Paola and I just returned from two weeks in Puglia, the “heel” of Italy, where we explored small towns, villages and the regional capital of Bari relying mostly on guidebooks and maps published by the Touring Club Italiano (or TCI).
If you are not familiar with TCI you should take a look at both their guidebooks and their maps. TCI began life as a bicycle touring club in 1894 when bicycle touring was all the rage in Europe. Since then TCI has built a reputation for producing some of the best maps in Europe and a series of guidebooks and interpretive travel books of Italy that are unparalleled.
If you are headed to Italy on your own to bicycle, to rent a car or just travel by train and bus you will want to make use of the TCI maps of Italy. At a scale of 1:200,000 (one centimeter equals 2 kilometers) the entire country is covered in fourteen regional maps (fourteen instead of the twenty regions since some maps combine two regions). While this scale is inadequate for hiking or mountain biking it is perfect for road cycling and for exploring by car.
Buy these maps at a good map store or online at Amazon or elsewhere by searching TCI Italy Map, then the region. Come on a bike tour in Italy with ExperiencePlus! and we’ll provide you with a TCI map of the region you are cycling through.
The guidebook options through TCI are more complex. Over the last 120 years TCI has published an encyclopedic array of guidebooks and books on the history and geography of Italy specifically for travelers. One of the best things about these books is that TCI employed Italian academic geographers to write much of the content in them. The result is a series of books full of great content, interpretive information, history and geography.
On our recent trip to Puglia, for example, we used the Puglia Red Guide (2005 edition – there is a newer 2008 edition). We also used volume 3 (southern Italy) of Dentro l’Italia, Piccole città, borghi e villaggi (2008 edition). This book contains wonderful descriptions of small, off-the-beaten-track villages, planned towns, and fortress villages that don’t normally make it into the bigger guides.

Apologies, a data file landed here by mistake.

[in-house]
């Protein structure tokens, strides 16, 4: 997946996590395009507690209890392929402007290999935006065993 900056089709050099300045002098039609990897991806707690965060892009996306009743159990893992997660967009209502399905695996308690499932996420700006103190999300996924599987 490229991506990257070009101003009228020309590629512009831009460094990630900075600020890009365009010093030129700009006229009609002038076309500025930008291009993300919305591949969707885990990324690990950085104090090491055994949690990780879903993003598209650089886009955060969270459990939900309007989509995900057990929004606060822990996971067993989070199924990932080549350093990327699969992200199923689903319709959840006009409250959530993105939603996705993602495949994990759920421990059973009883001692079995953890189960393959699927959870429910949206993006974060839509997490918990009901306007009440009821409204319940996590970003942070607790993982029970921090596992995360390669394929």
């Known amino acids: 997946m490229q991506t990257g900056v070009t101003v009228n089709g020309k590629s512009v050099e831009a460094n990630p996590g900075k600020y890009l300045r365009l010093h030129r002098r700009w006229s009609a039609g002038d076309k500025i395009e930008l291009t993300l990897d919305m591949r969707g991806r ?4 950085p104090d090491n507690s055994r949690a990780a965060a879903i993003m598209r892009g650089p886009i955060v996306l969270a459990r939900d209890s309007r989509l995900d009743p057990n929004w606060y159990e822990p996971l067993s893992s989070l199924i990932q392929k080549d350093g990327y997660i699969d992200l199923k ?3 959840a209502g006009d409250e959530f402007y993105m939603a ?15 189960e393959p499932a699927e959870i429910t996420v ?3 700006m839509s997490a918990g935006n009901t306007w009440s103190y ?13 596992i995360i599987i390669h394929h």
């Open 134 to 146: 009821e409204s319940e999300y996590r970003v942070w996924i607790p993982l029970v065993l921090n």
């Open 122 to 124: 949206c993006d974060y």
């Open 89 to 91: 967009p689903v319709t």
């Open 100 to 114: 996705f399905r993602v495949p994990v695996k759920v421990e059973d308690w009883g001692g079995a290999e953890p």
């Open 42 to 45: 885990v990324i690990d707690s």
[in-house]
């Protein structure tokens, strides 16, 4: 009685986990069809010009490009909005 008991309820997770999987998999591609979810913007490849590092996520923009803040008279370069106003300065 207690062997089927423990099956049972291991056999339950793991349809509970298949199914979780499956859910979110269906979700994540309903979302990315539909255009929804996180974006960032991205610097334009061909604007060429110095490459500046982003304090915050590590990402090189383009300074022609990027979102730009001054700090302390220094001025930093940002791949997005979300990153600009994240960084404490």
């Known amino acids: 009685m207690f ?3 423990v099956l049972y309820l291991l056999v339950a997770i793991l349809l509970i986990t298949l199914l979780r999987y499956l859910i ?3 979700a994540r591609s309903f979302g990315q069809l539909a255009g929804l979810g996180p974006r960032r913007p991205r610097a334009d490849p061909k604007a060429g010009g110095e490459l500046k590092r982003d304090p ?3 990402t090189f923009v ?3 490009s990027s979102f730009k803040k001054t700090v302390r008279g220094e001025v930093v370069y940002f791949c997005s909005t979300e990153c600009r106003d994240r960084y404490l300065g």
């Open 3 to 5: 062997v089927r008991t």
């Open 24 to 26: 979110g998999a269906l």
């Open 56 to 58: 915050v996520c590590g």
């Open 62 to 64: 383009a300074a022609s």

Unfortunately these books are only in Italian. If you have a little Italian and want to improve your reading ability the “Dentro l’Italia” series would be good. But if you don’t have a solid base in Italian you would find the Red Guides overwhelming. The Puglia guide alone is 520 pages of densely packed information.
If you don’t read Italian at all an alternative to these exist in English. For about a decade beginning in the late 1990s TCI published guides in English but the series has, apparently, been discontinued. These books are good, though, so it is worth buying an older edition. Information on hotels and restaurants will be outdated but the principal content is current.
Look for these series in English:
“Authentic Italy,” including separate volumes for Tuscany, All Italy, Rome, Sardinia, Piedmont and Val d’Aosta, and Sicily.
“Guides to Italy,” including volumes on the following cities and their provinces: Ferrara, Mantua, Ravenna, Forli-Cesena and Reggio Emilia.
And the “Heritage Guides,” including Milan & Turin, Venice, Italy in General and Florence.
Buy all of these online from TCI or Amazon. Amazon has used copies as well for as little as a penny each.